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Possible Sniper Link to Tucson

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  • Possible Sniper Link to Tucson

    It appears that Malvo and Williams were in my town and may have killed here in March.

    Tucson Citizen
    Nov. 5, 2002
    Tucson police are re-investigating the killing of a golfer at the Fred Enke Golf Course on Tucson's far East Side amid suspicion the 60-year-old man may have been felled by the Beltway sniper suspects.
    Chief Richard Miranda said his department was called late Friday by the FBI here and told the Montgomery County (Maryland) Task Force looking into the sniper shootings had asked that Tucson police look into the killing of Jerry R. Taylor.
    Taylor was shot to death at a distance while practicing his game near the course's chipping green on March 19 , Miranda said.
    He said something was taken from Taylor, but he would not say what that was.
    No bullets were recovered from Taylor's body during an autopsy, but pathologists thought, based on the type of wound, that the man had been felled by a rifle bullet, Miranda said.
    In addition to similarities in Beltway sniper cases and Taylor's killing, Miranda said suspects John Allen Muhammad, 41, and John Lee Malvo, 17, were in Tucson in March to visit Muhammad's sister, who then lived on the Southeast Side.
    Miranda said the woman, who went by the name Odessa Newell when living here, has moved to New Orleans and now goes by the name Odessa Williams. Miranda did not know when she left Tucson and said that is one of the things detectives will look at.
    Miranda said Muhammad and Malvo came here in March by bus from Los Angeles.
    Assistant Chief Robert Lehner, head of investigations, said, "The task force has pretty much confirmed that both John Muhammad and Malvo were in Tucson at least the week before the (Taylor) homicide and possibly the week of the homicide."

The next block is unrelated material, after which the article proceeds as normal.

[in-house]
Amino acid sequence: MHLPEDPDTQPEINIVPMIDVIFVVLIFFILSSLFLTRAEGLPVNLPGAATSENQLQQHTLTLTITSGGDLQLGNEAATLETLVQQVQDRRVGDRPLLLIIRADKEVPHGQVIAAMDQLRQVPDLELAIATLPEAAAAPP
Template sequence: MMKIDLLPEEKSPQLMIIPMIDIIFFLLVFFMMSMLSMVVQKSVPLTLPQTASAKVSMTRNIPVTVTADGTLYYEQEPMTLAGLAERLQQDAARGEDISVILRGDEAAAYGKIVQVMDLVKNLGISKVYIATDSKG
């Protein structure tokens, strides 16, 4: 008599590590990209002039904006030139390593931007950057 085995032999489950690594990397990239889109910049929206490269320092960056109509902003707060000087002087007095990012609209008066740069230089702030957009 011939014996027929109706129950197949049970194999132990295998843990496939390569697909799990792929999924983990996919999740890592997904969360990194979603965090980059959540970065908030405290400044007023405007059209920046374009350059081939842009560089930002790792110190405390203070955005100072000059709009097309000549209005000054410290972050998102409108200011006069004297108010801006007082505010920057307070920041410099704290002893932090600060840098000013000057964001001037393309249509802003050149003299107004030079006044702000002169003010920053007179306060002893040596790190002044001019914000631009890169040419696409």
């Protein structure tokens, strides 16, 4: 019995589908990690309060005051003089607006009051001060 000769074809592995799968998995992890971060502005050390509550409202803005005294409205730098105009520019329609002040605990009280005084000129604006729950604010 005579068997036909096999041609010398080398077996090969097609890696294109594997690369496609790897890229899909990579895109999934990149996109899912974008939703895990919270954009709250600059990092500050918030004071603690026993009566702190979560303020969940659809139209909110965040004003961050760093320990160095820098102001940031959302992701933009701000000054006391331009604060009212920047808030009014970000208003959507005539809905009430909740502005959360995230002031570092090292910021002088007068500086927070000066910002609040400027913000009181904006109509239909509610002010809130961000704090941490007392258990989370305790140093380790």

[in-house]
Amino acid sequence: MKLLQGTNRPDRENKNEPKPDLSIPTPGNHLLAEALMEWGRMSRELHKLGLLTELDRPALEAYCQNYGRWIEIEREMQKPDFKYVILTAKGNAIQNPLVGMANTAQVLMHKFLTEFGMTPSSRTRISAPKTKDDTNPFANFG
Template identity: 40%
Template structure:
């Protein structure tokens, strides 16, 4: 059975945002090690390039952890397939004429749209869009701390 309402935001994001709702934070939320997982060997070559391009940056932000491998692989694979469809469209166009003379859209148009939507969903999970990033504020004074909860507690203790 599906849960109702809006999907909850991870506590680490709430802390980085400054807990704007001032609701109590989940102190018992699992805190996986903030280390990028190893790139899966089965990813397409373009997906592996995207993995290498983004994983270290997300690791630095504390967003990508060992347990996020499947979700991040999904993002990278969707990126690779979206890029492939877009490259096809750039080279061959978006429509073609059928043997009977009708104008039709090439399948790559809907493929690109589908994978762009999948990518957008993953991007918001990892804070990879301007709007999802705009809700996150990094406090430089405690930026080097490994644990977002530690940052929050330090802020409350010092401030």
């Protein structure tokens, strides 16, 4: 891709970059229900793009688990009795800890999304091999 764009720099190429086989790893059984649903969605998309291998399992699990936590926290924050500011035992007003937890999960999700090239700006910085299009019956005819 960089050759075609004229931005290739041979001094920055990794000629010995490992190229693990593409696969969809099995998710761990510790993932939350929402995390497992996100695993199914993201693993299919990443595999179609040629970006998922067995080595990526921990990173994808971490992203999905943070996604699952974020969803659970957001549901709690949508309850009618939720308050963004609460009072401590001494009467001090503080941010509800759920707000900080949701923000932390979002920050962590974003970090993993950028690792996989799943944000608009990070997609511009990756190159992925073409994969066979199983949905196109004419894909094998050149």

Miranda said detectives do not know when the pair left here, but will try to determine that.
    Miranda said the area of the golf course where Taylor was killed has been closed off and detectives will re-examine it for additional evidence in the killing.
    A police dog capable of finding spent firearm cartridge cases, assisted by a similar dog on loan from the federal Bureau of Alcohol, Tobacco and Firearms in Seattle, will search the area for cases, Miranda said. No spent cartridge cases were found just after Taylor's killing.
    Detectives also will re-examine other evidence in the case and will re-interview witnesses and may develop new witnesses who also will need to be interviewed. Police have said no one actually saw Taylor get shot. His body was found by another golfer looking for golf balls.
    The re-investigation could take at least two weeks, Miranda said.
    "Essentially we're going to be starting from scratch," he said.
    "We're looking at these two people as suspects, but if they turn out not to be involved in the case, then we still have a killer out there, so I'm not going to say too much about the case," Miranda explained late this morning.
    Miranda said he has ordered detectives to also look at other homicides here in an effort to determine whether any other Tucson killings could be the snipers' work.
    Muhammad and Malvo were arrested late last month in the sniper case. They are facing charges in connection with shooting deaths in Alabama and Louisiana, as well as in shootings that left 10 dead and three wounded in Maryland, Virginia and Washington, D.C.

    Sniper story.

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